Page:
A real estate technology company has finalized a settlement that ends a 4-year-old lawsuit filed against New York City’s largest real estate industry association, major brokerage companies and technology vendors.
Terms of the settlement were not disclosed.
BrokersNYC, a company that offers Web design, consulting, database and other services to real estate professionals, had charged that the Real Estate Board of New York, along with several technology vendors, brokerage companies and individuals, had worked to restrict competition in the residential real estate brokerage marketplace and to limit members’ choices in technology vendors.
REBNY had established a property data transmission system called ROLEX for its members and a database service called RealPlus, and allowed two vendors to participate in the data transmission system while shutting out BrokersNYC and others, the lawsuit alleged.
The judge had dismissed charges of attempted monopolization of the Manhattan real estate property listings technology market and also dismissed charges that brokerage companies sought to monopolize the Manhattan residential brokerage services market.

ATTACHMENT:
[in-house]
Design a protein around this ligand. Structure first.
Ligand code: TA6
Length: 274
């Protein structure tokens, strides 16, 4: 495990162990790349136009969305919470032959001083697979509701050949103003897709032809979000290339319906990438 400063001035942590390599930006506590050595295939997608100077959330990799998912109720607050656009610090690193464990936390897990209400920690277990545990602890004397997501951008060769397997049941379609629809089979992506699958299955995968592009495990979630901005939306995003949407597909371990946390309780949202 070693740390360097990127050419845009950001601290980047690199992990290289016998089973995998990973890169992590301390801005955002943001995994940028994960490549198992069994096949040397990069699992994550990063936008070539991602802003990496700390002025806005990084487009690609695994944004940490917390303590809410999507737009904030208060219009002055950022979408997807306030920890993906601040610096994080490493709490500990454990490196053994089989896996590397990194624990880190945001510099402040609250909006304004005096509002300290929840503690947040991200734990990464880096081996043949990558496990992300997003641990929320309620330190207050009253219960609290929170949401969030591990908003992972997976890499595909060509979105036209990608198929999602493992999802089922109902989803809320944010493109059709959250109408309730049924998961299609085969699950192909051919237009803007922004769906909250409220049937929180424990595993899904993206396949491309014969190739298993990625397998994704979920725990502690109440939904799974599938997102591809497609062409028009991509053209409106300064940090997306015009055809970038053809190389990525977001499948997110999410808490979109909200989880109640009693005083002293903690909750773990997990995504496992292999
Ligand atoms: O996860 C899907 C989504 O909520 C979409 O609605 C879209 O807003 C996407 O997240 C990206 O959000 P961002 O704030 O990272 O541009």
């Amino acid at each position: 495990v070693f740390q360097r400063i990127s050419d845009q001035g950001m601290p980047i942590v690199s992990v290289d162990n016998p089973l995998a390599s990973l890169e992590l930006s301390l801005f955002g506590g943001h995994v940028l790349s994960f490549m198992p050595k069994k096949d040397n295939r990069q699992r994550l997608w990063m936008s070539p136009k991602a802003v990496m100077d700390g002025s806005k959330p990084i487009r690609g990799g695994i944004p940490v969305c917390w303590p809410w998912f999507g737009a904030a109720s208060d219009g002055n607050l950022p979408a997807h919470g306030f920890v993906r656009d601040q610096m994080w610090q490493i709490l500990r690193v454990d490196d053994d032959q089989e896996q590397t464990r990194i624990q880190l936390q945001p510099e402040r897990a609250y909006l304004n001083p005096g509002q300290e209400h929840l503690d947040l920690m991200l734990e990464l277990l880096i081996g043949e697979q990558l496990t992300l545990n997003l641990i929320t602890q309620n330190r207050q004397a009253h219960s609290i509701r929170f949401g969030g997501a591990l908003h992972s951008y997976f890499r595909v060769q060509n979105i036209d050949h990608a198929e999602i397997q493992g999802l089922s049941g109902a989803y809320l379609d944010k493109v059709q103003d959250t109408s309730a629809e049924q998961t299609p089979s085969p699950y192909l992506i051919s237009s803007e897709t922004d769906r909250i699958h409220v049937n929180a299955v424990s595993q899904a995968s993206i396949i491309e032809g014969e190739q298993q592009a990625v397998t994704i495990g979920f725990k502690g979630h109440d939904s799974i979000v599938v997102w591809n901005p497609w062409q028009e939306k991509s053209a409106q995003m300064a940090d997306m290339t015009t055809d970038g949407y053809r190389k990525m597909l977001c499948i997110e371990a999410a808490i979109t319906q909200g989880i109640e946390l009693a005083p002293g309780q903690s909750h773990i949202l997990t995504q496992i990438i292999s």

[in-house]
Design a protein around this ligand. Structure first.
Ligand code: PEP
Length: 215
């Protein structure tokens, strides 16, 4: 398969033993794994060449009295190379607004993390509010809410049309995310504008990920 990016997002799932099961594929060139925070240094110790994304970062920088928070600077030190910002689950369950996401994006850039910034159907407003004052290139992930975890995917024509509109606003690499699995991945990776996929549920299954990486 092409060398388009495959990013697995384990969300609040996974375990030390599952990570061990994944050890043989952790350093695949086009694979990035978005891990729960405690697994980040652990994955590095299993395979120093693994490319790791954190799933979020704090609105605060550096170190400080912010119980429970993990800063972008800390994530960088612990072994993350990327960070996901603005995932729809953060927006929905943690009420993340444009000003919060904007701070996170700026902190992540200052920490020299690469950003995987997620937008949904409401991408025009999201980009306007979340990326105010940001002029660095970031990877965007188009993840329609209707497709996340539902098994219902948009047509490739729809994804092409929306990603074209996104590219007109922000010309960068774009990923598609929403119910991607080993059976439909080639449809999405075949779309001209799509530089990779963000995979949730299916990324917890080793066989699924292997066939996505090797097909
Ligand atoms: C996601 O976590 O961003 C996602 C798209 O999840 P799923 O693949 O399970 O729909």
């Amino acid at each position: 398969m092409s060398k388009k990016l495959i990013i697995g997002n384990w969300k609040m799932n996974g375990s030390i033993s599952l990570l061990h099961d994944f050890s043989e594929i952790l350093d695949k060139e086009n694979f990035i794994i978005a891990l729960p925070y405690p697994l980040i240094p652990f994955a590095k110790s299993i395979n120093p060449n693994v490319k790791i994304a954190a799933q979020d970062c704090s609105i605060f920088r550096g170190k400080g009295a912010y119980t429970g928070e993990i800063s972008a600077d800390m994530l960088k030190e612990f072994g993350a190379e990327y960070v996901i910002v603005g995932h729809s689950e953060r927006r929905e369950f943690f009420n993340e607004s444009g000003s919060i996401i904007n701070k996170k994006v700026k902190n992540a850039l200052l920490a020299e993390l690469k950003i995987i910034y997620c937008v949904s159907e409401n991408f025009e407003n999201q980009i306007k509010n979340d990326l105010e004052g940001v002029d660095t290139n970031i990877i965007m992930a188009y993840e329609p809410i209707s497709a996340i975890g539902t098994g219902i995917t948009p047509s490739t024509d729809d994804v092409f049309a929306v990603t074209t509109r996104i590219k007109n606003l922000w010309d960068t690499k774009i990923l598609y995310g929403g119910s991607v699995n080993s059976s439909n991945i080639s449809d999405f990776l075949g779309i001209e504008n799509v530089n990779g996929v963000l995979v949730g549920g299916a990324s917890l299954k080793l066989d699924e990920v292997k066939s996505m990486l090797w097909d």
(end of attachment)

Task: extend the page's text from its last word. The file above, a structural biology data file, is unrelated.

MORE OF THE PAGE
But the judge found that there was a "substantial question" as to whether REBNY’s reasons for denying an interface by BrokersNYC and other companies with REBNY’s data-transmission system "outweighed its anticompetitive effects."
Dominique Troiano, a spokeswoman for REBNY, said in a statement, "While we are happy a settlement has been reached, we do not have a formal comment or statement to release."
Lala Wang, the owner of BrokersNYC, said in a statement, "We’re happy we can move forward and provide our brokerage clients with the services they want." Wang also owns MLX.com, a search site for New York City apartments, new development condos and coops.
Wang has waged other real estate-related legal battles, filing complaints against the New York state Division of Licensing, the New York Department of State and others to challenge the state’s Apartment Information Vendor law — which restricts the ability of online sites to publish apartment information — and to seek a license to publish this content. Her real estate brokerage license had been revoked in 2000, though she has since regained her broker’s license.
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